Alan Schroeder is Professor Emeritus in the School of Journalism at Northeastern University and has worked as a journalist, television producer, and diplomat. Schroeder has written about a variety of media-related topics for such outlets as Politico, the New York Times, Washington Post, Boston Globe, Huffington Post, and Frankfurter Allgemeine Zeitung. His work in media and politics extends internationally. He has lectured about the global phenomenon of televised debates in Spain, Germany, Denmark, the Netherlands, and Colombia. He has also trained television reporters and producers in the South Pacific and addressed journalists from China, Afghanistan, Uzbekistan, and various countries in Latin America.

Reviews

'Those planning to produce or research political debates will welcome a comprehensive update outlining the happenings in the International Debate arena. This volume offers practical insights for those engaging political debates as part of applied Democracy.'

Allan Louden, Department Chair and Professor of Communications, Wake Forest University

'The Handbook illustrates the exponential growth of political debates worldwide over the past twenty years. Regardless of world region, political structure, or cultural differences, there are universal rules, impacts, and challenges. There are also significant differences influenced by a variety of factors. The Handbook fills a major void in the literature for anyone teaching or studying political debates and for anyone advising debate sponsors.'

Diana B. Carlin, Professor Emerita, Saint Louis University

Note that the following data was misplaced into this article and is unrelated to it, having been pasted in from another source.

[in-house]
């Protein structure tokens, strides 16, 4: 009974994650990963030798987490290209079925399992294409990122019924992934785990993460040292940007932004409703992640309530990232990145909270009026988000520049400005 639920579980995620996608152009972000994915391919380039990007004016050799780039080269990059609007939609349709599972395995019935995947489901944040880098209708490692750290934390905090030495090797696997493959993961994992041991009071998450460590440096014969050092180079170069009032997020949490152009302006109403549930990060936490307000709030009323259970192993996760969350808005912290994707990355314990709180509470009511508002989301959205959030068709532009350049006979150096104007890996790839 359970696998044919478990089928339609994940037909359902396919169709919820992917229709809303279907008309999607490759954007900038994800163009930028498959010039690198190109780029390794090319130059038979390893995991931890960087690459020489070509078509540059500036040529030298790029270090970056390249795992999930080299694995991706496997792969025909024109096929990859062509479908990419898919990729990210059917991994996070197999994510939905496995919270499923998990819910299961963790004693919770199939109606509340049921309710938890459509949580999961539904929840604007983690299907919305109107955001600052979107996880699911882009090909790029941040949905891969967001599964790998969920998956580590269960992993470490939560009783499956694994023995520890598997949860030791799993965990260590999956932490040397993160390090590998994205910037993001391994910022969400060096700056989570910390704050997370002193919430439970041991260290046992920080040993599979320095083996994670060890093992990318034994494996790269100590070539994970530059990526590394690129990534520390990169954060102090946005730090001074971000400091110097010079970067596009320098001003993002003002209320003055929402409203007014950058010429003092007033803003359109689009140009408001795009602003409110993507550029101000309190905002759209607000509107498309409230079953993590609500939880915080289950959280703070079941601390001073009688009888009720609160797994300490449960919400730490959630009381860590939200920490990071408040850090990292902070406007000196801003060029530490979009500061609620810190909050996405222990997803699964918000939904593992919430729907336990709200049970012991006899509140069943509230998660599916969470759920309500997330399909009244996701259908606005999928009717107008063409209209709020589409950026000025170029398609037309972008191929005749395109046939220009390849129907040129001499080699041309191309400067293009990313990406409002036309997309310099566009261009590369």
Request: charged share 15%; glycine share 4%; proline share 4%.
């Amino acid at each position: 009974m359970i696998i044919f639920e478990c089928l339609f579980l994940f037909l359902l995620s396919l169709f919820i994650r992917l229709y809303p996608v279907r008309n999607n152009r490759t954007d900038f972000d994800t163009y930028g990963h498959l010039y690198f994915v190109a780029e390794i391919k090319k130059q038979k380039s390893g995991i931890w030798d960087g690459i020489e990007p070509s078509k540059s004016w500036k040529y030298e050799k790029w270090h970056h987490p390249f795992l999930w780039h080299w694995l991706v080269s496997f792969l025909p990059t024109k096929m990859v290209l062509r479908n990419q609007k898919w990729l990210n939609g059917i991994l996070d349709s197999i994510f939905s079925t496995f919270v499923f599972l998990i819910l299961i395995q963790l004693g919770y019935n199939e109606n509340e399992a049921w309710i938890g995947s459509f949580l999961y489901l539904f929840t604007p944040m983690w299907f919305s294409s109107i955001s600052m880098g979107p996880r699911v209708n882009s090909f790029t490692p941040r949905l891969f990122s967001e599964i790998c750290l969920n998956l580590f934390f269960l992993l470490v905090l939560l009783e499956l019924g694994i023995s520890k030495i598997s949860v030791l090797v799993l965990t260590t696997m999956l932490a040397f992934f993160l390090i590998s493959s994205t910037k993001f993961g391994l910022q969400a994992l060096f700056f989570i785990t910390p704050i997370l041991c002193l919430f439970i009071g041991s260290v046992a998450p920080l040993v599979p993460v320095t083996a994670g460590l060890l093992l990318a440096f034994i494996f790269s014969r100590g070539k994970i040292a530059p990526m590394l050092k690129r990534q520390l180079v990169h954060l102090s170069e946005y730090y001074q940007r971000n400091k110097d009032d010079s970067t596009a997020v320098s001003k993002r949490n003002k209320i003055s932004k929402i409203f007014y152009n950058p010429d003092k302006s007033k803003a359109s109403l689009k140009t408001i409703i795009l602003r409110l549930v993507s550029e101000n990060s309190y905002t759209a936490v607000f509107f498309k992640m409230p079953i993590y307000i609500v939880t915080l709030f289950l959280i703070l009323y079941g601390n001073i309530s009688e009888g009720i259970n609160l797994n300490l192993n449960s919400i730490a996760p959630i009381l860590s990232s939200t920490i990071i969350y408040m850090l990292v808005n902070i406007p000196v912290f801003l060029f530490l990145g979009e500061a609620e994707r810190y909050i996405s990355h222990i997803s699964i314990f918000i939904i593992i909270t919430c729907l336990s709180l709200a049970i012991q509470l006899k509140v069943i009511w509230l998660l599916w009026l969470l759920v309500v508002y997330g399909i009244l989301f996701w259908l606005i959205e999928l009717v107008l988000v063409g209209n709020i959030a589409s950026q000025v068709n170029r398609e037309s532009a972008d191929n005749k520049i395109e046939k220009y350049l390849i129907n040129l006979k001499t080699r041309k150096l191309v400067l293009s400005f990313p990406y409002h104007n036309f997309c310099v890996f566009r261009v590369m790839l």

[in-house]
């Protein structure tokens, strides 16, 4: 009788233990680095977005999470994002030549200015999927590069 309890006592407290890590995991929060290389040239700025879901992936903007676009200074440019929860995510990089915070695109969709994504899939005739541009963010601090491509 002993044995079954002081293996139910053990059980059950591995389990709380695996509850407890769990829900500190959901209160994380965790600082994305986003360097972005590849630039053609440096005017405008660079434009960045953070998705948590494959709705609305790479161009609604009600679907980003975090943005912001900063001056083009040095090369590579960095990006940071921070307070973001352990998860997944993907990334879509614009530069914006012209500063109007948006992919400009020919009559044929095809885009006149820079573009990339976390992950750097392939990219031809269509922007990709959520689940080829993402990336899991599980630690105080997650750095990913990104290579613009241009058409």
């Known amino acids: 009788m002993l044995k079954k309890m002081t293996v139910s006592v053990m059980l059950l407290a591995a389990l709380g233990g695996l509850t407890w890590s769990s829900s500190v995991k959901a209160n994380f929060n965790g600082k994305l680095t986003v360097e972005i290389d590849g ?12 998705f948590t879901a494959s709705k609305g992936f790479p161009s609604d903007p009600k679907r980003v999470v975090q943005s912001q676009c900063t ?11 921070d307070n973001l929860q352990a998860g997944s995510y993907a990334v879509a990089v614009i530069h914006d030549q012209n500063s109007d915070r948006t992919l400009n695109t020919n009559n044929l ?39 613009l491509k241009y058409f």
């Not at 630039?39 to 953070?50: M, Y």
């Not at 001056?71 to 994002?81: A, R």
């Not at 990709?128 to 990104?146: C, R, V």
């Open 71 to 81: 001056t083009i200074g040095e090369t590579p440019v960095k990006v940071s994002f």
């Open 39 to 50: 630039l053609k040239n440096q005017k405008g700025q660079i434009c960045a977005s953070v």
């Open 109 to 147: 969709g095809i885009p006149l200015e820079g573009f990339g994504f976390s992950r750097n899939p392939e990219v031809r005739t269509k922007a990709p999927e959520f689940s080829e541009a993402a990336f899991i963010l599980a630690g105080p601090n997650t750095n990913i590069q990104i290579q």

'As this remarkably fine Handbook documents, candidate debates are now central to election campaigns in most democracies world-wide. Their organisation and conduct are influenced by underlying political systems and cultures but have evolved over time due largely to the fragmentation of party systems and multiplication of news channels. Head-to-head two-person duels have consequently often been supplemented or replaced by multi-party programmes. Many differences emerge in the book’s 28 national chapters; how regulated (if at all), the offices requiring debates, whether mandatory or not, participation eligibility, number and sequencing of debates, debate formats, moderators (who and in what roles), and any audience involvement. Certain near-universal features, despite these differences, are particularly important. Leader debates typically attract very large audiences, including many normally only marginally attentive voters. Sometimes viewers have expressed disappointment after the contests, complaining that debaters’ comments had been overly scripted, cautious or repetitive. Nevertheless, significant effects on knowledge gain about issues and policies have been found from research when conducted - and more so among initially less politically involved voters. As the editors rightly conclude, when this is done fairly, debates can focus voters’ attention on a combination of public policy, issues and personality traits.'

Jay Blumler, Emeritus Professor of Public Communication, Leeds University